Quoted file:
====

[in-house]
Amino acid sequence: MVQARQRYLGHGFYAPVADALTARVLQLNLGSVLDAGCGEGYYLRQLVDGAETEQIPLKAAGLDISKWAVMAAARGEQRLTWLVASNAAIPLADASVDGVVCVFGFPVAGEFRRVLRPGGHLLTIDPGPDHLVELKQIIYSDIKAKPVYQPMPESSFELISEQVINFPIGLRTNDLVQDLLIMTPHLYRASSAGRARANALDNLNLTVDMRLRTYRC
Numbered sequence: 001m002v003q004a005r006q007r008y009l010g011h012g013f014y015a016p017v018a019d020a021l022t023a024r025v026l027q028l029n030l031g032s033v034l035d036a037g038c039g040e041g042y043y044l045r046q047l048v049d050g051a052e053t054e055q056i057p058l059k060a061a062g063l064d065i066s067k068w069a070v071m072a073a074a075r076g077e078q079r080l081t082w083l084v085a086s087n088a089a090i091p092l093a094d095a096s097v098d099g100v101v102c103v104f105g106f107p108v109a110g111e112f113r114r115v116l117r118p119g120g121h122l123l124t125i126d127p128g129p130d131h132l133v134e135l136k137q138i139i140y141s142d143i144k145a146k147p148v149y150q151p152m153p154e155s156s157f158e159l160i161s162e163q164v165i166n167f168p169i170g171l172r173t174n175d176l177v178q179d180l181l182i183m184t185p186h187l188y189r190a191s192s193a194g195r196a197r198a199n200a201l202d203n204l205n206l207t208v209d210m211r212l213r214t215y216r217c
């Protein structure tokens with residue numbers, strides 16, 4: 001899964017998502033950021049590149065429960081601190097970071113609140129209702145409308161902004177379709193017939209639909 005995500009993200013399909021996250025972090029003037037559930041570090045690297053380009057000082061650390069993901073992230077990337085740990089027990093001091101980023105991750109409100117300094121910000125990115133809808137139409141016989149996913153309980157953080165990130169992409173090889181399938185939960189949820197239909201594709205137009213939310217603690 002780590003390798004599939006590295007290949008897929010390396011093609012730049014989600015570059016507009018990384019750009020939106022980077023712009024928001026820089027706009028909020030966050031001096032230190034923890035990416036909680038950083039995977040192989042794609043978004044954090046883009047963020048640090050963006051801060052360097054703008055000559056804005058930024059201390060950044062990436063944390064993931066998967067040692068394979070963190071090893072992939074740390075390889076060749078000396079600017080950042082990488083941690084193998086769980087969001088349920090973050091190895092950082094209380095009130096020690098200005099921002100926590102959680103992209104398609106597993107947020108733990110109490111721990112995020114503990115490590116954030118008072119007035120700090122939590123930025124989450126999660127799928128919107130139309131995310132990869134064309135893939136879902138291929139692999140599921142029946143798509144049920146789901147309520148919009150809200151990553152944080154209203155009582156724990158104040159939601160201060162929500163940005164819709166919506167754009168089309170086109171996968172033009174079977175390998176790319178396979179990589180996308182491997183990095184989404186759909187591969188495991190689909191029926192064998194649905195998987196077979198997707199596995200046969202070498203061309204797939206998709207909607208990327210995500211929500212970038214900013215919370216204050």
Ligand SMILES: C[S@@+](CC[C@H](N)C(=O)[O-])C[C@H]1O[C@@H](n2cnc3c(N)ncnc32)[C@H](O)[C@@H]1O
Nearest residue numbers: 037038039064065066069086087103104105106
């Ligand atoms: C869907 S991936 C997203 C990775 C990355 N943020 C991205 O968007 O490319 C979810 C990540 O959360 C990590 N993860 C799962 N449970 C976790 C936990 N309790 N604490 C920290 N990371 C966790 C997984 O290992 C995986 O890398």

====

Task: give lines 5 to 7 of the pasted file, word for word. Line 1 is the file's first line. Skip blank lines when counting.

Ligand SMILES: C[S@@+](CC[C@H](N)C(=O)[O-])C[C@H]1O[C@@H](n2cnc3c(N)ncnc32)[C@H](O)[C@@H]1O
Nearest residue numbers: 037038039064065066069086087103104105106
């Ligand atoms: C869907 S991936 C997203 C990775 C990355 N943020 C991205 O968007 O490319 C979810 C990540 O959360 C990590 N993860 C799962 N449970 C976790 C936990 N309790 N604490 C920290 N990371 C966790 C997984 O290992 C995986 O890398």